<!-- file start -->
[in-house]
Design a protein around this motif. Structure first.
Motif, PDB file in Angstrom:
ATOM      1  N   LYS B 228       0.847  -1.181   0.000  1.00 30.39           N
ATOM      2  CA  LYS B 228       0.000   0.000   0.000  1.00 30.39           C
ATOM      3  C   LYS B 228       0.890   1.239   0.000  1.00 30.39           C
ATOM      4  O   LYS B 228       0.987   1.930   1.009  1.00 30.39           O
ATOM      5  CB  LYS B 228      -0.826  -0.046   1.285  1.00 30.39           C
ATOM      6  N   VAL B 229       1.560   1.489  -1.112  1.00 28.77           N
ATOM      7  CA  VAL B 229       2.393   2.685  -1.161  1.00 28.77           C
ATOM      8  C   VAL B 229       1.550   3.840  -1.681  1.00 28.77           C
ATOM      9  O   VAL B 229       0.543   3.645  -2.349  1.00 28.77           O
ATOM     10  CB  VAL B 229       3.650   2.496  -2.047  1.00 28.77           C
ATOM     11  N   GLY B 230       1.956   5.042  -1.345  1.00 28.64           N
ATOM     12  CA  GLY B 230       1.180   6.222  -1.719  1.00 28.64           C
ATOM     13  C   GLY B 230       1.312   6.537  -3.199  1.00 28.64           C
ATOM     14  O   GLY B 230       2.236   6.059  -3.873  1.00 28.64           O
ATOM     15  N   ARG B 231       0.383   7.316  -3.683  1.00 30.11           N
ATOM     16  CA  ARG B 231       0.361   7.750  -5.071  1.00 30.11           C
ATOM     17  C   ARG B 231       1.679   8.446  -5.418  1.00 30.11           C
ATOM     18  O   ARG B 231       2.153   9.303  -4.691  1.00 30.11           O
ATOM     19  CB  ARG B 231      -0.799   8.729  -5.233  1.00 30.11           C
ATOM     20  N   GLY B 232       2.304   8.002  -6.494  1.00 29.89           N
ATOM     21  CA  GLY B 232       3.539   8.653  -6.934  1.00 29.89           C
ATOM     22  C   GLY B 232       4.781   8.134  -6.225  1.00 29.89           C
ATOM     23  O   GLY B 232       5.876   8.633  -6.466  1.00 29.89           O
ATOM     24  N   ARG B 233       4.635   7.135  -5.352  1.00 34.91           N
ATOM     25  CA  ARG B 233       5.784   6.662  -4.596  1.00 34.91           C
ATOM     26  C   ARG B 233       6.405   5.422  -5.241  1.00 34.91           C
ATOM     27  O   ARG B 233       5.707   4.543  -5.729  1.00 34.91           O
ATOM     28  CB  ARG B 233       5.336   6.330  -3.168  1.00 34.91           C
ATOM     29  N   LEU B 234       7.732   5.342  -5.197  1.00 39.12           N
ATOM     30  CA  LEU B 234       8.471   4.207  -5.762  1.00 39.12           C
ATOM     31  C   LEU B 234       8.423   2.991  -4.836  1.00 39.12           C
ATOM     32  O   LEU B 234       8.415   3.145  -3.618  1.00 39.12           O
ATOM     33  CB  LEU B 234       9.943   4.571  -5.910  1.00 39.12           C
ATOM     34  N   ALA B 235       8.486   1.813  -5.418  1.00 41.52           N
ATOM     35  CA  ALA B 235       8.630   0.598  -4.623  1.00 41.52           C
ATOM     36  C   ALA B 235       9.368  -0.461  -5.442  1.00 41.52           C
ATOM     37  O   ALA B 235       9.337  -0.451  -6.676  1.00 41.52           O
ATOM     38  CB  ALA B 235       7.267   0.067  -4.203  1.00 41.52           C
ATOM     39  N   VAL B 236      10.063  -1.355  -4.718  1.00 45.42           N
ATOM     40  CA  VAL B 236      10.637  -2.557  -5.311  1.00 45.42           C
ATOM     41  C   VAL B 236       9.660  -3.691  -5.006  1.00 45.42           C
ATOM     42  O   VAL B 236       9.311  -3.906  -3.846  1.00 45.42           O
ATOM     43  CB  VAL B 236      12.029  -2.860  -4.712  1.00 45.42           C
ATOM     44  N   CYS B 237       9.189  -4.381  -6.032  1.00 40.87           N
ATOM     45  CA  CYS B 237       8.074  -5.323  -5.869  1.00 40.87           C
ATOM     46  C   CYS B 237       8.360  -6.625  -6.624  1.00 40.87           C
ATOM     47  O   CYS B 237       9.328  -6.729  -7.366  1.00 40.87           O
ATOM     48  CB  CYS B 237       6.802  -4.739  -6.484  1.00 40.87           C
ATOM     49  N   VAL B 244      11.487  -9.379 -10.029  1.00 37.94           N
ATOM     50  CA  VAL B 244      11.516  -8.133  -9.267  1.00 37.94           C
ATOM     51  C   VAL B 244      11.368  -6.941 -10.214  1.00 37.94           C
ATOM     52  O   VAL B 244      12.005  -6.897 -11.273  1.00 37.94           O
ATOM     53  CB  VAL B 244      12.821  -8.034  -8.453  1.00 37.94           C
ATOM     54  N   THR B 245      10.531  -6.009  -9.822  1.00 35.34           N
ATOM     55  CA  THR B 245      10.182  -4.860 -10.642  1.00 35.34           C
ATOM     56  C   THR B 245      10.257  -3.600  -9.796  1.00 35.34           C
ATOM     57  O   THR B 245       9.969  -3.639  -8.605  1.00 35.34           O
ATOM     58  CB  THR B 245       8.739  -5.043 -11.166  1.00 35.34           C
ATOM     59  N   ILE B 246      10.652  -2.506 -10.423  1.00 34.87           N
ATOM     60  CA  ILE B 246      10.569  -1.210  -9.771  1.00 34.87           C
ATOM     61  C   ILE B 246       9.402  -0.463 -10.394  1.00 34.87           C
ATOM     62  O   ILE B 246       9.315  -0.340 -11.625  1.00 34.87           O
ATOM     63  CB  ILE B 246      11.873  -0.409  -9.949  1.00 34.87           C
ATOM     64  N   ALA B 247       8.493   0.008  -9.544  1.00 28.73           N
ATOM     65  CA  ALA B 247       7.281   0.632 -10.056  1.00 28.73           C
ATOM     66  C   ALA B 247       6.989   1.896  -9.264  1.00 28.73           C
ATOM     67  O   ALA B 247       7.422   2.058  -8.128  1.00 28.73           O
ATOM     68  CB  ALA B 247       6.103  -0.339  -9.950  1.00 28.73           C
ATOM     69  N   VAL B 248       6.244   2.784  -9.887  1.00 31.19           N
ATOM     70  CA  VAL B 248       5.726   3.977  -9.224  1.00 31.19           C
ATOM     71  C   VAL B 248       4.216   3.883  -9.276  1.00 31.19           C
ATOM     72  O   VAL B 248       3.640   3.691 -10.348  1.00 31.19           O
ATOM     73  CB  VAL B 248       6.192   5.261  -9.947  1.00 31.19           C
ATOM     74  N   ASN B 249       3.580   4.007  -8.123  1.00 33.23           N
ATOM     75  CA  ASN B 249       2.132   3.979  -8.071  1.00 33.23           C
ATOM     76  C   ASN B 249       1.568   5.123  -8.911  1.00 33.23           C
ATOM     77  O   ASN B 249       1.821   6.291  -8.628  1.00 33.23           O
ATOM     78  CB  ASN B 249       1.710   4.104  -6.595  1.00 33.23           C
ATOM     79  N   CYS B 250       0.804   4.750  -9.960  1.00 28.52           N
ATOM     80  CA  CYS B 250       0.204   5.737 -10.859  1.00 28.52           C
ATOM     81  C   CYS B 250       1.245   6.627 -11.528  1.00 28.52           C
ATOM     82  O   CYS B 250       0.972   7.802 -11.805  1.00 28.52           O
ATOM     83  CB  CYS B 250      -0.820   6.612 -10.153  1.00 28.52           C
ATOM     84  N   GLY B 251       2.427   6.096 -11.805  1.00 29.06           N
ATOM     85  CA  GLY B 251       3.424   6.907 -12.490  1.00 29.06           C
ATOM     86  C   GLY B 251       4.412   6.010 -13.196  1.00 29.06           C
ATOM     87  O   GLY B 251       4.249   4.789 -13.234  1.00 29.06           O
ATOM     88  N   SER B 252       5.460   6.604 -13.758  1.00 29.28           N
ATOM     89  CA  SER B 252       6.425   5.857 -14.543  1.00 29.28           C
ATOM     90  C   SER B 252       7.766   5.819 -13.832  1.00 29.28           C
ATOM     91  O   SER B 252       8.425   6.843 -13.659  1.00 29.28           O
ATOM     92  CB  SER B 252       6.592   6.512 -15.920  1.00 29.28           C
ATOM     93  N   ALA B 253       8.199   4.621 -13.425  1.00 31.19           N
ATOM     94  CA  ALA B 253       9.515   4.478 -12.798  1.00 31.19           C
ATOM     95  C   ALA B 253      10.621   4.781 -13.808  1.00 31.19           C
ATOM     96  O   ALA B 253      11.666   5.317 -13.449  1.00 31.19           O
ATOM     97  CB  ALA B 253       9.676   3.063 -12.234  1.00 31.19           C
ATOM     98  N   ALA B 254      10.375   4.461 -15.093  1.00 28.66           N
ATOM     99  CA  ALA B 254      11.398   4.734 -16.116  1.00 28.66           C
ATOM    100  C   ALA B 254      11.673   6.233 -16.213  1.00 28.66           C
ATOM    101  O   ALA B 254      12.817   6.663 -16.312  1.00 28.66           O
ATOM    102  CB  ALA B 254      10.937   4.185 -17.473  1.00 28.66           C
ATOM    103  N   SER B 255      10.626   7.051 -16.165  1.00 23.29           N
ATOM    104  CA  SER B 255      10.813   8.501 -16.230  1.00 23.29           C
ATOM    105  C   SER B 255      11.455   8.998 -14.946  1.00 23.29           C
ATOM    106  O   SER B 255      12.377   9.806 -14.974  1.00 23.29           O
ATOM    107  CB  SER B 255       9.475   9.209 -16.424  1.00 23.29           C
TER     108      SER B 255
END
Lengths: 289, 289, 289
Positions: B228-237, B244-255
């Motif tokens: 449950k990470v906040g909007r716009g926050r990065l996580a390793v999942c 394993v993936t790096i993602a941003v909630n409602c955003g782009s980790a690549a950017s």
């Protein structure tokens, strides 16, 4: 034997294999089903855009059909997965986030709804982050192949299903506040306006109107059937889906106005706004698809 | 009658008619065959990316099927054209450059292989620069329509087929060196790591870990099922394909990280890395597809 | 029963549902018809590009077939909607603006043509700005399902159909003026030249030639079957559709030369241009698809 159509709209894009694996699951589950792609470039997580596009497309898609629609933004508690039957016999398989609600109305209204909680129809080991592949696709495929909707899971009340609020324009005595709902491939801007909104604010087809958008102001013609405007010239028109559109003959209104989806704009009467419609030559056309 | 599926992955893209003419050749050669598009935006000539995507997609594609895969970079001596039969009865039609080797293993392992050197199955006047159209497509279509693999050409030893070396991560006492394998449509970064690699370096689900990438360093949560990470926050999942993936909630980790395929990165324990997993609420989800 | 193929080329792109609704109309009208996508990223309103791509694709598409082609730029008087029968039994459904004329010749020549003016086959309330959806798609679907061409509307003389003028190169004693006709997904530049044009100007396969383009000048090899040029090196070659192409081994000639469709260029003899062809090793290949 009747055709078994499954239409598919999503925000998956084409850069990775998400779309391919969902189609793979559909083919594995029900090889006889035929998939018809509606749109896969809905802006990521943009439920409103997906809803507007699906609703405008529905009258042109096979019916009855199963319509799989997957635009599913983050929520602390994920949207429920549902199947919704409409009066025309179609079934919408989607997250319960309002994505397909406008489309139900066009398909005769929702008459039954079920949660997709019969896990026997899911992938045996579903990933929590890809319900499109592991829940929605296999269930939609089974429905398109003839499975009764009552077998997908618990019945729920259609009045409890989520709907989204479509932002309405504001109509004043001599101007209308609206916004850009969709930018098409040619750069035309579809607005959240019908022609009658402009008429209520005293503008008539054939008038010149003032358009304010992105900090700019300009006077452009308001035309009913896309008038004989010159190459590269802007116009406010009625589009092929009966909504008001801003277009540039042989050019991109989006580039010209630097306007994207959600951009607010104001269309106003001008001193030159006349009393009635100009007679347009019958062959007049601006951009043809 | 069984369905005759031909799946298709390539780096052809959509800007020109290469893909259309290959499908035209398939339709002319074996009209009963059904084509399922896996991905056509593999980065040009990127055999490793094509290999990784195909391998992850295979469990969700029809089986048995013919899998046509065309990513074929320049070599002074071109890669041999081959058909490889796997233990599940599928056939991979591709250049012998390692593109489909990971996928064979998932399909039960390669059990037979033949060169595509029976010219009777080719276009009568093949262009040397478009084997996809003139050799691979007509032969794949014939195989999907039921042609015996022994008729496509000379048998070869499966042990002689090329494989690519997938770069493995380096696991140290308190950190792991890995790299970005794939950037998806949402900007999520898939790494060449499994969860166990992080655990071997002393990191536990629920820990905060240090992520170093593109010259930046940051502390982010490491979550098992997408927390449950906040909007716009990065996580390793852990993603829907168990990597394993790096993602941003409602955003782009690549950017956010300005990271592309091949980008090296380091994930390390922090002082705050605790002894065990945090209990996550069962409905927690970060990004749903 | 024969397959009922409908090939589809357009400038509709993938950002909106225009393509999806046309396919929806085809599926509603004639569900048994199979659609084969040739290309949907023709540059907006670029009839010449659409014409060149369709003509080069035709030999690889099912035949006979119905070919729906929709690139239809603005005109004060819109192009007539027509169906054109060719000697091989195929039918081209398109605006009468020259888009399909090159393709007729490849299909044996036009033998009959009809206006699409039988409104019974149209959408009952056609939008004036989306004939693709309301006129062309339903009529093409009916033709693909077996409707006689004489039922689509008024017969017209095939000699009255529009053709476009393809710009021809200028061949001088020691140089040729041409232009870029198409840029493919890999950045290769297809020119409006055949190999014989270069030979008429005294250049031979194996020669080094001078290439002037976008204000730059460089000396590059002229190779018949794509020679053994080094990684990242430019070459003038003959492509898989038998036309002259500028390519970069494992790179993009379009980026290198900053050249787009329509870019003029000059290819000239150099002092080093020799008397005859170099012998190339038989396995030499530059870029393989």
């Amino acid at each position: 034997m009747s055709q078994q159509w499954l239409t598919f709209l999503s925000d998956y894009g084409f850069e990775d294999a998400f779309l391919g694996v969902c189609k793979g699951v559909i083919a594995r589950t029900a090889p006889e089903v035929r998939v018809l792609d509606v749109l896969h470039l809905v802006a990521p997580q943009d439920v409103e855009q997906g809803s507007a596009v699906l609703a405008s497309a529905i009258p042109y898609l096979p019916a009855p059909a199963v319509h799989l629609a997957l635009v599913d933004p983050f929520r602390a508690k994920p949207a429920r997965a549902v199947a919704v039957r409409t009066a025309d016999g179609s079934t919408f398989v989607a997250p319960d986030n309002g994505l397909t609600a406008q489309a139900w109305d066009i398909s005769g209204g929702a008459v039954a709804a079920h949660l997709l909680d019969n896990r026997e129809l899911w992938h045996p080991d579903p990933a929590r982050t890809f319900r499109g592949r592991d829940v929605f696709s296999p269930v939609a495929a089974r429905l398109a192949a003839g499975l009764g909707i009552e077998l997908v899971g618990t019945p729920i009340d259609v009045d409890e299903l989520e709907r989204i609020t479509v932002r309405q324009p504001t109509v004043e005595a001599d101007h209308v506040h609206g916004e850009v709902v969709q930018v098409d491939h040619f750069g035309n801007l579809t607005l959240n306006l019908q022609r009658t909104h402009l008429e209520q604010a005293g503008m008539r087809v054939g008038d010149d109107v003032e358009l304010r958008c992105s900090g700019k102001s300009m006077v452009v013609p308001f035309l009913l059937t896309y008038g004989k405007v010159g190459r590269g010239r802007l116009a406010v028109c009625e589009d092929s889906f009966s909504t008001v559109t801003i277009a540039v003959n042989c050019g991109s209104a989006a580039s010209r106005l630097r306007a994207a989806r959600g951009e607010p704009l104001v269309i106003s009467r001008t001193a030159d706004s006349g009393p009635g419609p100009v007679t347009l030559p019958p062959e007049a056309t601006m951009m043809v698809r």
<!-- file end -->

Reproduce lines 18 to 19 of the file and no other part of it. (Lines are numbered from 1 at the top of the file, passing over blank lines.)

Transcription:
ATOM     15  N   ARG B 231       0.383   7.316  -3.683  1.00 30.11           N
ATOM     16  CA  ARG B 231       0.361   7.750  -5.071  1.00 30.11           C